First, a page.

Natural Products Insider

JAN-FEB 2019

INSIDER is the leading information source for marketers, manufacturers and formulators of dietary supplements, healthy foods and cosmeceuticals. Since 1997, INSIDER has been serving the needs of the global nutrition industry.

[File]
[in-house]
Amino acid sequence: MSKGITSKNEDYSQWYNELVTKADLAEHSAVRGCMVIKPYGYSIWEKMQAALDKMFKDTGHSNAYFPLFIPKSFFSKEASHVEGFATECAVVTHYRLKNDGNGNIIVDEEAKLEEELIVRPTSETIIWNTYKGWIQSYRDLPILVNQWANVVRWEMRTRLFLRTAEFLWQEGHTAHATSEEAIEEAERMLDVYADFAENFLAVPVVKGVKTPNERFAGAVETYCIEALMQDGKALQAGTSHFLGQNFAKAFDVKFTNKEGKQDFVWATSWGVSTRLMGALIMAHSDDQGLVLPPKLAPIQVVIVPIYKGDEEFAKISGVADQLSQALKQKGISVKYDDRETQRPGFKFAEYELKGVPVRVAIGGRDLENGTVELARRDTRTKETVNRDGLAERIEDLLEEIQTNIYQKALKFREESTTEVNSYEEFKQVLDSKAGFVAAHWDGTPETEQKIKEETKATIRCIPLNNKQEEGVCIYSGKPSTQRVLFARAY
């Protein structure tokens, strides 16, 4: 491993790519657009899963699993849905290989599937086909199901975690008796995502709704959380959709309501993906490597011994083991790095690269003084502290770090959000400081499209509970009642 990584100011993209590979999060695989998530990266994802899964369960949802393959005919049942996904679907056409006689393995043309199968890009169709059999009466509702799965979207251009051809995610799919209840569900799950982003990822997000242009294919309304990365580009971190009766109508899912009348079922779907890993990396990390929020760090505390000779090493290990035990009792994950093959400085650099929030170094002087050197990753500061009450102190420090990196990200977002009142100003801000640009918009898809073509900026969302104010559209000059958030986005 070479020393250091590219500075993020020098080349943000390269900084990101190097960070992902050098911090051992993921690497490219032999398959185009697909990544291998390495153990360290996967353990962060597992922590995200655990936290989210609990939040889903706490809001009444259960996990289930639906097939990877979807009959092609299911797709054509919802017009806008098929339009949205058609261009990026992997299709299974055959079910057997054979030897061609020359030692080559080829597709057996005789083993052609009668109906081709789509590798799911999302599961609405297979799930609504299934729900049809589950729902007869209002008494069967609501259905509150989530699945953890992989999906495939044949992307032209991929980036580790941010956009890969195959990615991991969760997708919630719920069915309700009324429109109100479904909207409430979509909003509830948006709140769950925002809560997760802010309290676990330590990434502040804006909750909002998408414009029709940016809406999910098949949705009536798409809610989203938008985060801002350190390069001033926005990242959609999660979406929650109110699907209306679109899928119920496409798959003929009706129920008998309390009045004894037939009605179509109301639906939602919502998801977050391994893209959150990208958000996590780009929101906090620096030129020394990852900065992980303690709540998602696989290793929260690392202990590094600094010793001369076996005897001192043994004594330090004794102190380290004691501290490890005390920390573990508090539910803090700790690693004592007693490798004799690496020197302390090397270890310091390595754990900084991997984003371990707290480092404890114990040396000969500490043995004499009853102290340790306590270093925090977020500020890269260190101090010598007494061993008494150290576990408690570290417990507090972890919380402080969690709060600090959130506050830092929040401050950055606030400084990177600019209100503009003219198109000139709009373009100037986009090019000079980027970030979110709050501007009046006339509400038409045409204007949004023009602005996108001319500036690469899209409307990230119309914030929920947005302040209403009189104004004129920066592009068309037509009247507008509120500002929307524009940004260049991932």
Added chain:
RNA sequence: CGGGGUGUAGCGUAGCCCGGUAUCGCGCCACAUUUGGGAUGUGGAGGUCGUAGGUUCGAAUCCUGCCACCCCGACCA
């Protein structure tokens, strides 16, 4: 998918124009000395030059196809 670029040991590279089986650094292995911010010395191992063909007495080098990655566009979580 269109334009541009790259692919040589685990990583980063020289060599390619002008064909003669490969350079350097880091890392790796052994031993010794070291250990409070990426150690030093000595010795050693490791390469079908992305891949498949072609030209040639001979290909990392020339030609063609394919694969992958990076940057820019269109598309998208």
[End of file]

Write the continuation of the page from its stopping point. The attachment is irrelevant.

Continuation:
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28 INSIDER January/February 2019 Supplement or natural product brand owners should be aware of FDA requirements under Title 21 of the Code of Federal Regulations (CFR), Part 117. It's the brand owner's responsibility to comply with FDA on all matters dealing with vendor selection, approval and auditing. A supply chain program must include using approved suppliers, determining appropriate supplier verifi cation activities, conducting supplier verifi cation activities and documenting supplier verifi cation activities. According to FDA, appropriate supplier verifi cation must include on-site audits, sampling and testing of the product, and review of the supplier's relevant food safety records. A contract manufacturer that doesn't allow a visit to its facility or that doesn't permit an audit (most excuses claim "secret stuff" is going on that doesn't allow for anyone in the facility) should be a big red fl ag. Brand owners are required by law to visit, approve and audit their manufacturers. Therefore, if the contract manufacturer is a GMP (good manufacturing practice)-certifi ed facility, it should welcome on-site visits. The following are some simple steps in preparing for an audit. First, an outline of what is being audited should be created; this can be supplied ahead of time to the manufacturer in an effort to save time Preparing for an Audit by Jeff Golini, Ph.D. on-site. An audit should take one full day, at most, if done properly. A CliffNotes-style book on FDA's 21 CFR part 111 can offer guidance as to what the manufacturer's responsibility is. These are the same books FDA auditors carry while doing on-site audits. The audit checklist should include a tour from start to fi nish, with the manufacturer explaining its fl ow process. Questions can help a brand owner to understand how a product fl ows from receiving to shipping. During this tour, the brand owner needs to pay close attention to cleanliness, organization, proper lighting and covers, whether employees are wearing the proper gear, and what procedure is in place when entering the facility. A notepad is useful to document fi ndings. Most manufacturers will not allow cameras inside the production area due to confi dentiality agreements with other brands that may be running during the time of the audit. The tour should also include a thorough look at a contract manufacturer's quality control (QC) laboratory. Brand owners should ask questions about the manufacturer's testing program and what is done to ensure products will be made according to specifi cations. After the tour, standard operating procedures (SOPs) should be reviewed. A table of contents can provide an overview of what SOPs a manufacturer has in place. Comparing the written SOPs to what was uncovered on the tour provides insight as to whether the manufacturer is doing things according to its SOPs. Speaking with the quality assurance (QA) manager, QC manager and production manager is critical to ensure they know government procedures. If the manufacturer's facility is clean and organized, and its employees have answered all questions openly, honestly and according to the CFR, it can receive a passing grade. It's critical to document the tour, design a vendor approval form to fi ll out and include all notes with this approval. These records should be saved and fi led in a safe place so they're accessible in the event of an FDA audit. Jeff Golini, Ph.D., is a multipatent holder, inven tor, author and scientist currently working at the helm of All American Pharmaceutical (allamericanpharmaceutical.com) as CEO and excusive scientist. Golini has also published several studies and is the host of the national radio shows "Science for Humans" and "The EFX Sports Show" heard live on ESPN 910 Radio. Golini founded St. Anthony's Research & Education Institute in Billings, Montana. Contract Manufacturing: Best Practices

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